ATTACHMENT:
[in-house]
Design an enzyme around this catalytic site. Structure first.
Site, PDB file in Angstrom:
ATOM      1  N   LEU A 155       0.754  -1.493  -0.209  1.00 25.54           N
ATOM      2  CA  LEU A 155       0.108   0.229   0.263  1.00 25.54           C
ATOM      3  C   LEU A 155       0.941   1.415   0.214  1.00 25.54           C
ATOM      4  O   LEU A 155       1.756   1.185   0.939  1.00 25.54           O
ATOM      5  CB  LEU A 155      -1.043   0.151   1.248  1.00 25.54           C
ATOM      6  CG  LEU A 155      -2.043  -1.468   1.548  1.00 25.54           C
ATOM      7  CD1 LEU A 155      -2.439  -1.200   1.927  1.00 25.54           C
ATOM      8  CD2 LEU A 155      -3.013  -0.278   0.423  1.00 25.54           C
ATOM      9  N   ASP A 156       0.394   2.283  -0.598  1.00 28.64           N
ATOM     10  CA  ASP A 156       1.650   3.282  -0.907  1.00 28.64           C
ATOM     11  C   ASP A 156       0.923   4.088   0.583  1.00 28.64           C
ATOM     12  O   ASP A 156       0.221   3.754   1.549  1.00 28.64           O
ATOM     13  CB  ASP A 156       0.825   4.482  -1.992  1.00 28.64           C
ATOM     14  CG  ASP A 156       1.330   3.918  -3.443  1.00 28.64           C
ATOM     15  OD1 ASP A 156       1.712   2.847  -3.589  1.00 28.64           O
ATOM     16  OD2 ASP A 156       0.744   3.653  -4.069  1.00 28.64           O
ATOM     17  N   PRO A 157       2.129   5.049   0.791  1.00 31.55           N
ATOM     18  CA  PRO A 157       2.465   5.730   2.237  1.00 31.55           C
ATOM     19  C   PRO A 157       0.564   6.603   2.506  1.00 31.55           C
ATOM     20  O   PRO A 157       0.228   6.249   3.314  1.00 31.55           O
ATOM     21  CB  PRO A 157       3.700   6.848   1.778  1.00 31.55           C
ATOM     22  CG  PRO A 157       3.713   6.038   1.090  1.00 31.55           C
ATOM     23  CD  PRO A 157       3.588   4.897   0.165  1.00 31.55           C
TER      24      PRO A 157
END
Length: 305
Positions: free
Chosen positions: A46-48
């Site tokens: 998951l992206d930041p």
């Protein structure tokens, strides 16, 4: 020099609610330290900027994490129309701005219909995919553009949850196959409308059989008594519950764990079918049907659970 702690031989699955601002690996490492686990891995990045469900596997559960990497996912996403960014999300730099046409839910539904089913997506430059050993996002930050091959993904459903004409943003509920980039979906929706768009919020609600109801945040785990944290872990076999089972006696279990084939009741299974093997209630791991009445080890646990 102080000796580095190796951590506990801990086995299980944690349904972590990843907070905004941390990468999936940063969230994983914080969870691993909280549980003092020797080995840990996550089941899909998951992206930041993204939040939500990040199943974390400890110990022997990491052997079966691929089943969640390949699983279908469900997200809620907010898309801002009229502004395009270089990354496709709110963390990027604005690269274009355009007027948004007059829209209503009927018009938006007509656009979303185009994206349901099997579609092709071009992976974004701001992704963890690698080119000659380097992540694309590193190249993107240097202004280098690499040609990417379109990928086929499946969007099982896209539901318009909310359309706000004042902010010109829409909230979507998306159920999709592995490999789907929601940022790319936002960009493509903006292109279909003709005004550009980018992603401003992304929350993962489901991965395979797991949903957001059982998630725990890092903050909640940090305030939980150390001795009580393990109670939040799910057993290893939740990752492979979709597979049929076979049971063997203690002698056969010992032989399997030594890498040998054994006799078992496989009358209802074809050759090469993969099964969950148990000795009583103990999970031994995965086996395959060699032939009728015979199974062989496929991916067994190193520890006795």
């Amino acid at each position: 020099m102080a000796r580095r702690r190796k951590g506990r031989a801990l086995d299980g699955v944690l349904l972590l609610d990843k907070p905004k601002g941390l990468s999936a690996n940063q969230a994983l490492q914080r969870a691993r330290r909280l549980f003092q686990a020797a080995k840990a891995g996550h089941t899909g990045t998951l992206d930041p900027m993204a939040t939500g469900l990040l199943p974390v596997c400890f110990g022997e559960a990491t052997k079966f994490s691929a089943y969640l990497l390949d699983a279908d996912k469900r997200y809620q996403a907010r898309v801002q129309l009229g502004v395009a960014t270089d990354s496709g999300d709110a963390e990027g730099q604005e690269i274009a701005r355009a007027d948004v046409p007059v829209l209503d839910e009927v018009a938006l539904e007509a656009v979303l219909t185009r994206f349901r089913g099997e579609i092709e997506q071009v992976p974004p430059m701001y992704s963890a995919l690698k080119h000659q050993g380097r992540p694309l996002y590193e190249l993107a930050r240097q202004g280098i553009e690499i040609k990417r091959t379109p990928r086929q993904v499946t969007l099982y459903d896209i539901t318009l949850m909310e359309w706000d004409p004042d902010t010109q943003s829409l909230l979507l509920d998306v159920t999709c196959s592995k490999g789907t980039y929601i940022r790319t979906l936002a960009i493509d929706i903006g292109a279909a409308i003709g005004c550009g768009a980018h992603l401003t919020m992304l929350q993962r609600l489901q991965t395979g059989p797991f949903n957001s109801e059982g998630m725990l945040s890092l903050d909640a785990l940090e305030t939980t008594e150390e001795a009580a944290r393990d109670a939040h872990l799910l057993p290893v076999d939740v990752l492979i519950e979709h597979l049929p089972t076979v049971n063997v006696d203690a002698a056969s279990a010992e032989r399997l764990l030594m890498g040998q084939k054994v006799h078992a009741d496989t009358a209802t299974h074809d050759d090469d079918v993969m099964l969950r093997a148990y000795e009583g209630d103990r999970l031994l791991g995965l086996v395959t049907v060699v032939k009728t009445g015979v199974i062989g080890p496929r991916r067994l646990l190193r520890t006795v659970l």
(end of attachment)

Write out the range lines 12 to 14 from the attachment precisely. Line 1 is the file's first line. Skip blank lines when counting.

ATOM      9  N   ASP A 156       0.394   2.283  -0.598  1.00 28.64           N
ATOM     10  CA  ASP A 156       1.650   3.282  -0.907  1.00 28.64           C
ATOM     11  C   ASP A 156       0.923   4.088   0.583  1.00 28.64           C